If the weather is going to be seriously below freezing both day and night for multiple days then more drastic action may be called for. The best solution is to drain the freshwater tank, the pipes, pump, water heater tank, etc, before the cold hits. Camp with a couple of 5 gallon containers that you can use for basic water needs. It becomes complicated but the less water you use inside the trailer, the less chance of freeze damage.

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Old 11-26-2016, 11:18 AM   #5
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Instructions are here:

Winterizing Your Trailer
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Old 11-26-2016, 11:19 AM   #6
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I assume you can buy some sort of adapter for the compressor?

One solution from Home Depot...

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Old 11-26-2016, 01:02 PM   #7
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Hi Folks
What I did last February coming back from FL was to watch the weather for freezing temps, I'll do the same this coming March. Got lucky and we made it to the Shenandoah Valley for our last night with temps right at freezing. I had looked for a full service campground (KOA) so I could dump and rinse the tanks right at the campsite. Pretty much all KOA's are year round so they are a good thing to plan on before you head home.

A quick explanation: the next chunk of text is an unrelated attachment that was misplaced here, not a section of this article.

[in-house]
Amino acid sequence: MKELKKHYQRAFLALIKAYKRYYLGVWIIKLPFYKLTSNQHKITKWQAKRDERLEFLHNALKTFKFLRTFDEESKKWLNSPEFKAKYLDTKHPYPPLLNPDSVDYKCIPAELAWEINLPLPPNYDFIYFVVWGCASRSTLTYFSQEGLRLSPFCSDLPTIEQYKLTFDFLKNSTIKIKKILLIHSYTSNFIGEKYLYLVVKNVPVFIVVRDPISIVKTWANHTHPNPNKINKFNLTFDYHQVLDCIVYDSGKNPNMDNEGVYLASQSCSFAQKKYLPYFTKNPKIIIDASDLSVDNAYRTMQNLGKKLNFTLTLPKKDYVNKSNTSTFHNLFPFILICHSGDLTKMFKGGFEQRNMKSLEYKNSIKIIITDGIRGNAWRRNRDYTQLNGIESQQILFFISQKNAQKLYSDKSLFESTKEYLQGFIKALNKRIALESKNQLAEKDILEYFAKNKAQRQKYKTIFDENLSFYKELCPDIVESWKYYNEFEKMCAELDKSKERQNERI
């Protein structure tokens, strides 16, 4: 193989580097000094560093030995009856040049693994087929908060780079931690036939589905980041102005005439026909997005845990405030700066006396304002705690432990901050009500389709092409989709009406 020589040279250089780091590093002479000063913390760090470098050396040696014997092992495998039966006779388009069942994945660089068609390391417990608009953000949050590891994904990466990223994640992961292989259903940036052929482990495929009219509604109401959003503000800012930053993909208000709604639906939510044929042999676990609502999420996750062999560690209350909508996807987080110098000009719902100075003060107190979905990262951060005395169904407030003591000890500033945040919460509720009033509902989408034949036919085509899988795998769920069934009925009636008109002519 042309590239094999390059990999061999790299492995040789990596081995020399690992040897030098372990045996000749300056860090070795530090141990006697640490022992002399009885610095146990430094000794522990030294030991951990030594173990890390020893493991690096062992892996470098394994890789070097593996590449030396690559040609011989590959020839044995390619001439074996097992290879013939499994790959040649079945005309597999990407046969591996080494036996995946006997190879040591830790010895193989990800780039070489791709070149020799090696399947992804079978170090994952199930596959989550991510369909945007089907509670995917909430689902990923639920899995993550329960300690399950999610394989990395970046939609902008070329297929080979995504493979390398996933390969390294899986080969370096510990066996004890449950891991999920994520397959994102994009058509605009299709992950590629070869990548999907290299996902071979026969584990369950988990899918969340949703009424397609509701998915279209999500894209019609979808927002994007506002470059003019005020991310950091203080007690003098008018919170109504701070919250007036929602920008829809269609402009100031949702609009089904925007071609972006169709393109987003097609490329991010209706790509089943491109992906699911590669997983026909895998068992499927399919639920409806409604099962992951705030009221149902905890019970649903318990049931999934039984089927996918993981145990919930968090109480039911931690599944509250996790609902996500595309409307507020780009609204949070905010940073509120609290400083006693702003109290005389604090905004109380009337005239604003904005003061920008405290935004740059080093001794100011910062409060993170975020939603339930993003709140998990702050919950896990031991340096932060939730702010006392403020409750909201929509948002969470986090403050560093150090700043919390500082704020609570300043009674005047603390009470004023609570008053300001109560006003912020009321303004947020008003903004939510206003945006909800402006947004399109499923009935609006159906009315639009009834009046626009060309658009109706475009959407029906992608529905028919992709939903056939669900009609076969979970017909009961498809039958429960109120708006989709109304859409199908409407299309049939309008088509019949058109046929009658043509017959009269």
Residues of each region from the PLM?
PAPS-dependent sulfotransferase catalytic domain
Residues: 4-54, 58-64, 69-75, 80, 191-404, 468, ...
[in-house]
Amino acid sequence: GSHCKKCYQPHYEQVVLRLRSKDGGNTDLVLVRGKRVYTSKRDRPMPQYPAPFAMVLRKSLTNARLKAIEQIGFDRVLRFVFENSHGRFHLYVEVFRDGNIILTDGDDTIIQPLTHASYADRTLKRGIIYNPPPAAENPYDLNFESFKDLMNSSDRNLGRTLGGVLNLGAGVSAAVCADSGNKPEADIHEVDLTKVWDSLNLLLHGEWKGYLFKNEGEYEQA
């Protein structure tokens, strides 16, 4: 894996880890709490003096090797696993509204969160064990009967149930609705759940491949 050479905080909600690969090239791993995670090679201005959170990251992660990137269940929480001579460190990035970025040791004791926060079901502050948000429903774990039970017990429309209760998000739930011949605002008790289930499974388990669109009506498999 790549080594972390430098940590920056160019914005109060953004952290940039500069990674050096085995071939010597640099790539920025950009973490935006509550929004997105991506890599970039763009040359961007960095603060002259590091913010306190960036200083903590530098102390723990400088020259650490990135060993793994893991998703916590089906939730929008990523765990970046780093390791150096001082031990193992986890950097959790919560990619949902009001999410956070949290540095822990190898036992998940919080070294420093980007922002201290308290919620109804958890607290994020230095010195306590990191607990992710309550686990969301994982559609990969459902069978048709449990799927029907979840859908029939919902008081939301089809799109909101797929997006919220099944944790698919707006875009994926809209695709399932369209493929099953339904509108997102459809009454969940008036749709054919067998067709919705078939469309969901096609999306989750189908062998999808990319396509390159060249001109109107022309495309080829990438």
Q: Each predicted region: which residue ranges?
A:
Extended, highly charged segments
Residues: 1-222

You have a few options for winterizing depending on what you have available. If you have a compressor and an adapter as shown above, you can blow it out and pour some antifreeze in the traps as mentioned. If the trailer has a winterizing kit on it you can use the trailers water pump and a gallon of antifreeze. The last route is with a hand pump like Gbaglo uses.

You'll need to pick up a gallon or 2 of rv antifreeze somewhere before you head home. You can also use the antifreeze to manually flush the toilet in case of emergency on the way home after you've winterized.
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Old 11-26-2016, 01:55 PM   #8
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Here's the hand pump. Available at many RV stores.
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Old 11-27-2016, 07:48 AM   #9
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Thanks everyone for your responses. It gives us a better idea of what we have to do.

We have a deluxe Flagstaff 625 pop up tent camper that my husband has winterized in our backyard for the past five years, after learning how to do it from the dealer. This is a little more overwhelming as we are buying it second hand so we won't get the "walk through" from the dealer, the owners have never had to winterize it before, and we may have to do it on the road for the first time. We are so afraid of doing it wrong, I may look for an RV dealership in Tennessee or Kentucky who would be willing to let us watch them winterize it for us. Don't know if that is possible, but I am willing to search.
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Old 11-27-2016, 11:07 AM   #10